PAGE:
Europe

UK to ease COVID rules but warns Indian variant could disrupt progress

The UK will take the next step to ease COVID-19 restrictions next week, Boris Johnson has confirmed, after concerns were raised over deaths resulting from the highly transmissible Indian variant.

The British prime minister said on Friday he didn”t feel the need “on the present evidence” to delay the roadmap, which will allow for indoor gatherings from Monday.

“We’re in a different position from the last time we faced a new variant,” he told a Downing Street press conference, referring to the Kent modification that ripped through the country before Christmas. “There is no evidence increased cases are translating into unmanageable threats.”

Johnson did, however, warn that the B.1.617 (India) variant could pose “a serious disruption” to further progress – especially in regards to June 21, when much of the UK is hoping restrictions will be dropped completely.

“The truth is at this stage we can’t say for certain,” Johnson said. “As things stand, the numbers of infections even with the new variant remain low overall across the country…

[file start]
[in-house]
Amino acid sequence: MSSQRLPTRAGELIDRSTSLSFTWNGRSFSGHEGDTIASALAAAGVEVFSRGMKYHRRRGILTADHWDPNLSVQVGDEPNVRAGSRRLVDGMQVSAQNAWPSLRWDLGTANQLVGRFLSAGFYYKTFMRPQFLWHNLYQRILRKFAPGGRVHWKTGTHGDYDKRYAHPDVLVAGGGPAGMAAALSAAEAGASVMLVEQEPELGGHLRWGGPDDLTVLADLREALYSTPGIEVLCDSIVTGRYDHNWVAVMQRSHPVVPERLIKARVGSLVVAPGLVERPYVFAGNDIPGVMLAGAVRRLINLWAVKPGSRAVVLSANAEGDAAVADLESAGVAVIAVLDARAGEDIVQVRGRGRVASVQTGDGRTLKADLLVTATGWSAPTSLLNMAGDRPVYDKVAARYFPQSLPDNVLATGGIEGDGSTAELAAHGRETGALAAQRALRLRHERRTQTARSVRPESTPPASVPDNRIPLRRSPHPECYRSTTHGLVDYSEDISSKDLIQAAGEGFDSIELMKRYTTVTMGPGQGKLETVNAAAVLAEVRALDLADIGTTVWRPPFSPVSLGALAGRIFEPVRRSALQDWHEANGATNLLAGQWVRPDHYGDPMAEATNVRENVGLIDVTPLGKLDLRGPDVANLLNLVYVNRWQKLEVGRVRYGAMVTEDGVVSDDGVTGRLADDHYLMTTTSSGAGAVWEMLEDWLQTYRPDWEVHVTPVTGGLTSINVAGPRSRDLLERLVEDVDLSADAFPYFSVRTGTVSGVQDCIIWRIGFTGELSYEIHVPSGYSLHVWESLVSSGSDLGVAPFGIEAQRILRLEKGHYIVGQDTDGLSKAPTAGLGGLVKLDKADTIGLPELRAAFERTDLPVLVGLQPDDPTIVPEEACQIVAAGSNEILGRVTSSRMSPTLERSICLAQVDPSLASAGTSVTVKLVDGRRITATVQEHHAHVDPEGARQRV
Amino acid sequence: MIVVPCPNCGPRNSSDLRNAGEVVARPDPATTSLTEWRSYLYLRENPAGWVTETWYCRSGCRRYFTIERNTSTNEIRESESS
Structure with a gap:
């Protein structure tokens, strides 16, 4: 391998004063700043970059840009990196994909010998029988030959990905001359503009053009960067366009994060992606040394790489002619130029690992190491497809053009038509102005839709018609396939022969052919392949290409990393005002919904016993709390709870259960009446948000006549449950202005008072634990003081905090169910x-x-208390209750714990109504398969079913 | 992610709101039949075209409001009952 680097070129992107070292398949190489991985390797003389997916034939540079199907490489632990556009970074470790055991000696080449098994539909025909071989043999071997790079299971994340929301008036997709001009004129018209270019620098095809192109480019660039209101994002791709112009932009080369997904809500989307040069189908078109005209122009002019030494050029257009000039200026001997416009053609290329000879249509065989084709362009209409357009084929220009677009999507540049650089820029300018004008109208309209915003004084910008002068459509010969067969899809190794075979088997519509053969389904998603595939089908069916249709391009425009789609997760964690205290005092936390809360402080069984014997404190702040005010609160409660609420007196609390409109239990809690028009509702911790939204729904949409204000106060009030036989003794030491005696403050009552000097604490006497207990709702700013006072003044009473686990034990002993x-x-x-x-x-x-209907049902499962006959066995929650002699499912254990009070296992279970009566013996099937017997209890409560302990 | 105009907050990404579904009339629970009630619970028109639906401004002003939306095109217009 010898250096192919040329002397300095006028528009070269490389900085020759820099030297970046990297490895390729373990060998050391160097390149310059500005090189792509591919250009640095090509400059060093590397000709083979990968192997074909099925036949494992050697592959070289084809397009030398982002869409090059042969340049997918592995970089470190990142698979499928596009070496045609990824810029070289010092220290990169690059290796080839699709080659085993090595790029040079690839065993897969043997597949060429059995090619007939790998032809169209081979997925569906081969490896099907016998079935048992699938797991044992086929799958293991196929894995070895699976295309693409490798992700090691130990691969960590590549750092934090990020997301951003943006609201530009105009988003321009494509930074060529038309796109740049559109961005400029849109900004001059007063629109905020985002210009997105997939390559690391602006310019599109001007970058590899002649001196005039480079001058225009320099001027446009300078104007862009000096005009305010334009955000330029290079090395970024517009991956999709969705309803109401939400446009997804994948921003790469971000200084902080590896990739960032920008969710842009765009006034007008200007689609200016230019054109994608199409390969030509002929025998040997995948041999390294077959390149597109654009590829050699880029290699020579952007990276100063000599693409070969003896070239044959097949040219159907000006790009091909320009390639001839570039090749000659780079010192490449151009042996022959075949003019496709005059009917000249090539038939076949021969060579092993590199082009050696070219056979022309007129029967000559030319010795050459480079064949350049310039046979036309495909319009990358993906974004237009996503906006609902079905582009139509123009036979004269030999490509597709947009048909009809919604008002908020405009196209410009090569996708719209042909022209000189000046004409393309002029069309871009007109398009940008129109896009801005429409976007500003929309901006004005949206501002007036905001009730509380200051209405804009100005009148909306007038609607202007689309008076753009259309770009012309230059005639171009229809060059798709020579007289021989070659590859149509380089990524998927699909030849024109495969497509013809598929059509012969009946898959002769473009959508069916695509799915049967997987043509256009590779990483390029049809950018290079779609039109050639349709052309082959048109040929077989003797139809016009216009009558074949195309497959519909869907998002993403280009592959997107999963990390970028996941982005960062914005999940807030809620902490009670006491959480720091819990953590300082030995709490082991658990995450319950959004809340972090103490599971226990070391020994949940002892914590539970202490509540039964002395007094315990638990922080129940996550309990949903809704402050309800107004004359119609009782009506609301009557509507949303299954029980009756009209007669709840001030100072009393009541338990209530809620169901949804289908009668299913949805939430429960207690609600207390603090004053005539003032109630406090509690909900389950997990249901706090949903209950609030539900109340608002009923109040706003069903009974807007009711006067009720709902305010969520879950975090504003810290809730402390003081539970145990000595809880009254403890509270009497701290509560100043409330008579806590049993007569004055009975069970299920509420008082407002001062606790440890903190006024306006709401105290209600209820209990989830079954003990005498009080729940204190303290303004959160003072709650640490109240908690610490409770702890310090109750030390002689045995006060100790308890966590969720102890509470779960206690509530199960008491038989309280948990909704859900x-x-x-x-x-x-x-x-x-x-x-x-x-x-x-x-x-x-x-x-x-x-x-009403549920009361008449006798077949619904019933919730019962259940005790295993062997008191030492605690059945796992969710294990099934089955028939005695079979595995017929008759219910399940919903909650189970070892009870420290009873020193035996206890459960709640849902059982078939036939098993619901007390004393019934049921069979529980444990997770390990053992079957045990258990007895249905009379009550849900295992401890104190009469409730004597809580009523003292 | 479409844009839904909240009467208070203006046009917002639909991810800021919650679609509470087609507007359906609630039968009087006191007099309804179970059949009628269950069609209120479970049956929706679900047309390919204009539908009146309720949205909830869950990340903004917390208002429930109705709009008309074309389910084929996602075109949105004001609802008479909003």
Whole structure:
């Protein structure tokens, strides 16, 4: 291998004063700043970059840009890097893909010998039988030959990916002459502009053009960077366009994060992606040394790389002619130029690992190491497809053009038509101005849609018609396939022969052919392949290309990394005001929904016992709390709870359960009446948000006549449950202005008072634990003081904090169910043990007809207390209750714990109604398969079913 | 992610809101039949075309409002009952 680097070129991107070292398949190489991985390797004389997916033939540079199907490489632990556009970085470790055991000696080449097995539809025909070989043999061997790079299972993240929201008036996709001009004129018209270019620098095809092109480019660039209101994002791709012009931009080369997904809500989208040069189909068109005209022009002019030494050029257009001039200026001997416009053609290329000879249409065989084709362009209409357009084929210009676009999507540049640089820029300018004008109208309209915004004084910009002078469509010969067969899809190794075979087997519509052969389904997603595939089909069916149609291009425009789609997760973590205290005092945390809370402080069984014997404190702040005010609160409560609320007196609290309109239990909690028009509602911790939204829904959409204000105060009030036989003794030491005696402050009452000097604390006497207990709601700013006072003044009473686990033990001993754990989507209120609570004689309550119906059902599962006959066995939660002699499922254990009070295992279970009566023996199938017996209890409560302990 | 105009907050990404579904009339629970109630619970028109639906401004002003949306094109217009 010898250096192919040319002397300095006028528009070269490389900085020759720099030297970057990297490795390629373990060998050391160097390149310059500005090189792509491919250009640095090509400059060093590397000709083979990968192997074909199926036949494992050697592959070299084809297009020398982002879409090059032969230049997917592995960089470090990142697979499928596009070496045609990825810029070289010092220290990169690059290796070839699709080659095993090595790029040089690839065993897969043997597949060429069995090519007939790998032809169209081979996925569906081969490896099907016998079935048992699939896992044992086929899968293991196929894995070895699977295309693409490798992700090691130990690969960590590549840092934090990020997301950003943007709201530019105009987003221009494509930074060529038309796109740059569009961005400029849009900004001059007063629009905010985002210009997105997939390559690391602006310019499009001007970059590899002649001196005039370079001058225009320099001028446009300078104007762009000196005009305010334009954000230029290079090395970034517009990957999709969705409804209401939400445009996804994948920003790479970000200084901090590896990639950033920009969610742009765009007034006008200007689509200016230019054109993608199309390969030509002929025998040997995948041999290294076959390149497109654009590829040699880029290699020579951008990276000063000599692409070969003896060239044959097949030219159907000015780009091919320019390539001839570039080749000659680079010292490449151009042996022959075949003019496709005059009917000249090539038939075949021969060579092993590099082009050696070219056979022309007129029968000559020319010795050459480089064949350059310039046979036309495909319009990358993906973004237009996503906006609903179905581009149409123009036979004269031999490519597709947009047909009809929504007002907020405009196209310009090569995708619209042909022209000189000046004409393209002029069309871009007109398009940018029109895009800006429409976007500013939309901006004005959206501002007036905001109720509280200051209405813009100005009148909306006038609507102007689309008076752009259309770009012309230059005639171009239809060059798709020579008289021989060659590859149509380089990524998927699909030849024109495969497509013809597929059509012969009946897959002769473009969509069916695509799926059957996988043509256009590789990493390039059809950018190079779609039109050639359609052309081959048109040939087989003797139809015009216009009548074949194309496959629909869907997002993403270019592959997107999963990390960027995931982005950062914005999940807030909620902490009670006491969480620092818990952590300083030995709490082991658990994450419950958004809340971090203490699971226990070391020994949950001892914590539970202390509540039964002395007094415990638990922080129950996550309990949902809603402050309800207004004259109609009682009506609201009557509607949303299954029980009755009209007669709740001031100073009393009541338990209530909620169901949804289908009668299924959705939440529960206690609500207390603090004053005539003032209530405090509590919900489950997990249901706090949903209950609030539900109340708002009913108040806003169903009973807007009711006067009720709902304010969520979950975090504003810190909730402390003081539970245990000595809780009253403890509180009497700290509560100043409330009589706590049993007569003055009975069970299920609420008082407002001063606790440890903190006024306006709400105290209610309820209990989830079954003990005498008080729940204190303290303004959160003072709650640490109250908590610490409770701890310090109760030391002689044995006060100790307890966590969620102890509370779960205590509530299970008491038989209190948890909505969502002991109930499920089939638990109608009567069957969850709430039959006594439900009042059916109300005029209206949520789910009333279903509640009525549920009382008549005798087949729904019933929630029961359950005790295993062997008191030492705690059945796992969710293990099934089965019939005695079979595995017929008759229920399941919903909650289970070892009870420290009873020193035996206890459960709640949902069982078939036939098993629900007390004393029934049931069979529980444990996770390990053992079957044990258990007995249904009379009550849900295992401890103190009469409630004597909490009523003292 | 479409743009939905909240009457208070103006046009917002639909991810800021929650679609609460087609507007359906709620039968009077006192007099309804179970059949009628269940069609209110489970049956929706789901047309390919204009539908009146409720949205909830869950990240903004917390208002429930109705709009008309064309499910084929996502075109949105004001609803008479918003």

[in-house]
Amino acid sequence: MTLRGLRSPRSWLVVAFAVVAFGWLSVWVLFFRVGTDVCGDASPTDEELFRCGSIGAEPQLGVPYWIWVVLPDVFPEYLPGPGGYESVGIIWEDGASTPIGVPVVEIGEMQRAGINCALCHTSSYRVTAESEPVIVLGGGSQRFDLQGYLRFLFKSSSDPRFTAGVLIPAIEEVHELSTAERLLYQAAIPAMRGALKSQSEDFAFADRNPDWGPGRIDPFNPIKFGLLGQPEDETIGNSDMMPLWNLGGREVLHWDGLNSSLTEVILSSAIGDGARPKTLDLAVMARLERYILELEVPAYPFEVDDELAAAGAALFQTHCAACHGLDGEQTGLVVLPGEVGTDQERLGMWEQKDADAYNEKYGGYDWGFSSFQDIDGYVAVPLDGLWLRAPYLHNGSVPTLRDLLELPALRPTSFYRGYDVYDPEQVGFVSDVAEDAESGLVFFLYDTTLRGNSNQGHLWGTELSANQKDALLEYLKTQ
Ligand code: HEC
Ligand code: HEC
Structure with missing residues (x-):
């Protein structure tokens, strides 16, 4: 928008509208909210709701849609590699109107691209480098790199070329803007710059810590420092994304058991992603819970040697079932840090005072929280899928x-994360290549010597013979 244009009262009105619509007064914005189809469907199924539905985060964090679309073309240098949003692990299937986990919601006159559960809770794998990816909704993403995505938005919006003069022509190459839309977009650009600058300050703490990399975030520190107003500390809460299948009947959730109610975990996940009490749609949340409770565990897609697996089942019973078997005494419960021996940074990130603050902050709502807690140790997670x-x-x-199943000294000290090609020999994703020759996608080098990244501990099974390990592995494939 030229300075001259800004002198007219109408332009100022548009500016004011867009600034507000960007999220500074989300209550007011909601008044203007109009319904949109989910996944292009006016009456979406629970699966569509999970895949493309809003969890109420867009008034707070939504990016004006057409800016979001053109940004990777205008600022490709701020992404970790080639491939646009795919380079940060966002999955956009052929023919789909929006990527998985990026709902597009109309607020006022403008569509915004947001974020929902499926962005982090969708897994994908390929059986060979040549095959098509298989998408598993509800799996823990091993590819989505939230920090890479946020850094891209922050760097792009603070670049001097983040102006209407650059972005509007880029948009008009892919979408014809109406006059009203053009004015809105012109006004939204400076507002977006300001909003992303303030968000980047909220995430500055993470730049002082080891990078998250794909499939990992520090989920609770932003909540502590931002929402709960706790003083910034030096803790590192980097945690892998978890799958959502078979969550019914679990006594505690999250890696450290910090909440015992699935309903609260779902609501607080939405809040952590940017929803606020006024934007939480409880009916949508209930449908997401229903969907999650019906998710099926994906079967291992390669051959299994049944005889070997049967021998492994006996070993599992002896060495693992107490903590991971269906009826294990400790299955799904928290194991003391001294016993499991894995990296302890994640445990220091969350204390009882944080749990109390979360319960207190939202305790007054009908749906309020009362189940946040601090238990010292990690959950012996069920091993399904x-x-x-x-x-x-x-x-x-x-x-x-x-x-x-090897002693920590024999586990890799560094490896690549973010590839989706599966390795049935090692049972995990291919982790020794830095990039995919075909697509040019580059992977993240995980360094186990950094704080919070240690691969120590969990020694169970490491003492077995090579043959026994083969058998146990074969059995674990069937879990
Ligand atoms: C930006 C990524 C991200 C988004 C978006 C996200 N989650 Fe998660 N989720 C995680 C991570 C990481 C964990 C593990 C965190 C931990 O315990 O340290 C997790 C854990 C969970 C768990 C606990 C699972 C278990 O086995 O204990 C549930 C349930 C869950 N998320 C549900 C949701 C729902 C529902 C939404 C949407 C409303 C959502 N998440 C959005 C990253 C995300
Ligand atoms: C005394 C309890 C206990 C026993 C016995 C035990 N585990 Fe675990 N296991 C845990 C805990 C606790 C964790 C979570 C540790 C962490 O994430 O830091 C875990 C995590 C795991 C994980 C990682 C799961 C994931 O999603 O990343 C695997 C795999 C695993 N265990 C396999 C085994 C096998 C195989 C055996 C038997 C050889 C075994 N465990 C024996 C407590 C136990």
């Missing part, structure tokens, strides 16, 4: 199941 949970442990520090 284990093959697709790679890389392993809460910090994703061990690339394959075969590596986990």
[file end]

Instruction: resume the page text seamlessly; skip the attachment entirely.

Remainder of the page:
“We’ve just got to wait and see… We won’t rule anything out.”

Johnson’s urge for caution comes after four people were confirmed to have died with B.1.617 in the UK, along with a spike in infections in areas such as Bolton and Blackburn. However, he said, there was “no evidence” of increased cases translating into unmanageable threats.

Another 2,193 cases of COVID-19 were recorded in the UK on Friday – far below the tens of thousands of cases seen every day in the weeks after Christmas. There were also another 17 deaths.

The World Health Organisation (WHO) declared B.1.617 as a variant of global concern earlier this week, due to early studies suggesting higher transmissibility.

It has already taken a firm hold of India, which has seen 24 million infections and has recorded three consecutive days of more than 4,000 deaths.

As a result, Johnson announced a strategy of surge vaccinations for certain age groups and the clinically vulnerable, adding that there is “no evidence” to suggest inoculations would be any less effective.

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